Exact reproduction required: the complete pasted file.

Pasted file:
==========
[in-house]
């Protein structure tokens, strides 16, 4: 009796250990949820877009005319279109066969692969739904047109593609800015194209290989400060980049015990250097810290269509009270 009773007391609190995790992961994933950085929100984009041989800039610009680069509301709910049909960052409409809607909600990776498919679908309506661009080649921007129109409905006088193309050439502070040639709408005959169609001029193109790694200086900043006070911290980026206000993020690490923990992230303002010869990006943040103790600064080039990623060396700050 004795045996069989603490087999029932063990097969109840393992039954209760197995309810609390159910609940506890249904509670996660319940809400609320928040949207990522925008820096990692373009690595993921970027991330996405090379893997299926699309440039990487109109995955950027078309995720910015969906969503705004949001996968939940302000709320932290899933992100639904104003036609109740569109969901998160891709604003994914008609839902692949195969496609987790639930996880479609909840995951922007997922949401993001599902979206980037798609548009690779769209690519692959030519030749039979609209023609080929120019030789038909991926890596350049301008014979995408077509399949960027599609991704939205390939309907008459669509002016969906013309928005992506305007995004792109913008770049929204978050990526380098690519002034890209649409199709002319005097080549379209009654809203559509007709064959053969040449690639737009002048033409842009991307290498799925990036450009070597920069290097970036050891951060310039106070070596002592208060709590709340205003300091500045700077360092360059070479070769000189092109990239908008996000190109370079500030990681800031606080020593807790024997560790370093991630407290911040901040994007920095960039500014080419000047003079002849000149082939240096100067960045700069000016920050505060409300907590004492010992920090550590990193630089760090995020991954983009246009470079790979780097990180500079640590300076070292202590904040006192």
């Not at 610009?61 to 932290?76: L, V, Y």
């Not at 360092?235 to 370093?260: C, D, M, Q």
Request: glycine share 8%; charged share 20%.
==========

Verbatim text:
[in-house]
């Protein structure tokens, strides 16, 4: 009796250990949820877009005319279109066969692969739904047109593609800015194209290989400060980049015990250097810290269509009270 009773007391609190995790992961994933950085929100984009041989800039610009680069509301709910049909960052409409809607909600990776498919679908309506661009080649921007129109409905006088193309050439502070040639709408005959169609001029193109790694200086900043006070911290980026206000993020690490923990992230303002010869990006943040103790600064080039990623060396700050 004795045996069989603490087999029932063990097969109840393992039954209760197995309810609390159910609940506890249904509670996660319940809400609320928040949207990522925008820096990692373009690595993921970027991330996405090379893997299926699309440039990487109109995955950027078309995720910015969906969503705004949001996968939940302000709320932290899933992100639904104003036609109740569109969901998160891709604003994914008609839902692949195969496609987790639930996880479609909840995951922007997922949401993001599902979206980037798609548009690779769209690519692959030519030749039979609209023609080929120019030789038909991926890596350049301008014979995408077509399949960027599609991704939205390939309907008459669509002016969906013309928005992506305007995004792109913008770049929204978050990526380098690519002034890209649409199709002319005097080549379209009654809203559509007709064959053969040449690639737009002048033409842009991307290498799925990036450009070597920069290097970036050891951060310039106070070596002592208060709590709340205003300091500045700077360092360059070479070769000189092109990239908008996000190109370079500030990681800031606080020593807790024997560790370093991630407290911040901040994007920095960039500014080419000047003079002849000149082939240096100067960045700069000016920050505060409300907590004492010992920090550590990193630089760090995020991954983009246009470079790979780097990180500079640590300076070292202590904040006192």
């Not at 610009?61 to 932290?76: L, V, Y």
């Not at 360092?235 to 370093?260: C, D, M, Q």
Request: glycine share 8%; charged share 20%.